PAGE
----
Abstract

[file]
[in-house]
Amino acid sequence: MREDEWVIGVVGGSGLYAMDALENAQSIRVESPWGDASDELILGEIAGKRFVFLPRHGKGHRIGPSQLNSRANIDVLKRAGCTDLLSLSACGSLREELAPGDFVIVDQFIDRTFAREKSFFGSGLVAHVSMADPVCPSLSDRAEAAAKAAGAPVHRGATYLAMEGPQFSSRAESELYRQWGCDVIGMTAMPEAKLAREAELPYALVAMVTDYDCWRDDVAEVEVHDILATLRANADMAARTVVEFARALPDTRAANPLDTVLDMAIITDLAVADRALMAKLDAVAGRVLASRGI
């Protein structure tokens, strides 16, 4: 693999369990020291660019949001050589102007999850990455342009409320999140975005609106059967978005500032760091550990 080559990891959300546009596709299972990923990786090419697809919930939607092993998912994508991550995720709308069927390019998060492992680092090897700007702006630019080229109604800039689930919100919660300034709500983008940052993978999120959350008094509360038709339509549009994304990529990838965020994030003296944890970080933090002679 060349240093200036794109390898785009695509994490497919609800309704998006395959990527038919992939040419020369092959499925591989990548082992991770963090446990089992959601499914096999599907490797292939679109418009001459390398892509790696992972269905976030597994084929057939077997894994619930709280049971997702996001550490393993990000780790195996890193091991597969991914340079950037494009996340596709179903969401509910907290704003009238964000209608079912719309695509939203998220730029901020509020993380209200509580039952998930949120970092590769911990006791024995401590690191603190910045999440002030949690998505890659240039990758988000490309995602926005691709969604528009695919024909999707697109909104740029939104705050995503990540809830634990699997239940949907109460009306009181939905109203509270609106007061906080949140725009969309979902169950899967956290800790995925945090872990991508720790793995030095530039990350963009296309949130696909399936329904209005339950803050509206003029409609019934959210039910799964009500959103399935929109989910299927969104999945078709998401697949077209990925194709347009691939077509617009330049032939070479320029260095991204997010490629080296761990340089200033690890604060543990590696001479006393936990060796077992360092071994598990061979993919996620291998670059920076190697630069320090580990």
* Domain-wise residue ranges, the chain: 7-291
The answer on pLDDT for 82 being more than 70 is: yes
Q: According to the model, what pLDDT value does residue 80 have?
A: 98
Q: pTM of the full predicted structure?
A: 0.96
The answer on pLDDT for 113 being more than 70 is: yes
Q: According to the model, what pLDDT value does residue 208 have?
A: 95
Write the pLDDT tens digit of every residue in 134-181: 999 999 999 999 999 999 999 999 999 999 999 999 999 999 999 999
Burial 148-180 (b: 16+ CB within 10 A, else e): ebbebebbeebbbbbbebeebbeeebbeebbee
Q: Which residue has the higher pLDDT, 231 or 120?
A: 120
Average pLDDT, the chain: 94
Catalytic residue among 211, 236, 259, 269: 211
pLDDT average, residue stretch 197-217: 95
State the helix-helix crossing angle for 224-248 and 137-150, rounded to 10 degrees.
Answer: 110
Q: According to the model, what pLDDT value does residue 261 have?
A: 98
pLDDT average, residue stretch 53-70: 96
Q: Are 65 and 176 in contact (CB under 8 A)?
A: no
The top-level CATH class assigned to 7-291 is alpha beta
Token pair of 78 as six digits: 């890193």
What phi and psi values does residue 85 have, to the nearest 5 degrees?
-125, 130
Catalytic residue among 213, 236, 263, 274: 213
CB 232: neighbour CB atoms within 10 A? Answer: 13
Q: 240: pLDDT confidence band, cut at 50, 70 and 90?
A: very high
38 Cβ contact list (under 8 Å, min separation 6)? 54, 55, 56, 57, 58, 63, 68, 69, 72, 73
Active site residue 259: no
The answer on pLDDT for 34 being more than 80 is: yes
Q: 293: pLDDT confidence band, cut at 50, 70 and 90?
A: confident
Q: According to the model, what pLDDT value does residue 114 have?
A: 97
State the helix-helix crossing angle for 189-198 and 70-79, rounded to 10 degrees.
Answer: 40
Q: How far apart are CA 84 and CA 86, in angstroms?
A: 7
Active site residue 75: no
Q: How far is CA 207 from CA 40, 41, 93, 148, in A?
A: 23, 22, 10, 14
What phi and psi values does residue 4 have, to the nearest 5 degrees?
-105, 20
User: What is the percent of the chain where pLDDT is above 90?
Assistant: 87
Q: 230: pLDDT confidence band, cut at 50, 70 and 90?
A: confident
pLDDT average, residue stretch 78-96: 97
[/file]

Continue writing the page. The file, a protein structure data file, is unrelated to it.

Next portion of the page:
In this article, I present two objections against the view that aesthetic judgements – that is, judgemental ascriptions of aesthetic qualities like elegance or harmony – are justified non‐inferentially. The first is that this view cannot make sense of our practice to support our aesthetic judgements by reference to lower‐level features of the objects concerned. The second objection maintains that non‐inferentialism about the justification of aesthetic judgements cannot explain why our aesthetic interest in artworks and other objects is limited to only some of their lower‐level features that realise their higher‐level aesthetic qualities. Although my concern with the view that aesthetic judgements are subject to non‐inferential justification is very general, my discussion is primarily structured around Sibley's well‐developed and influential version of this view.

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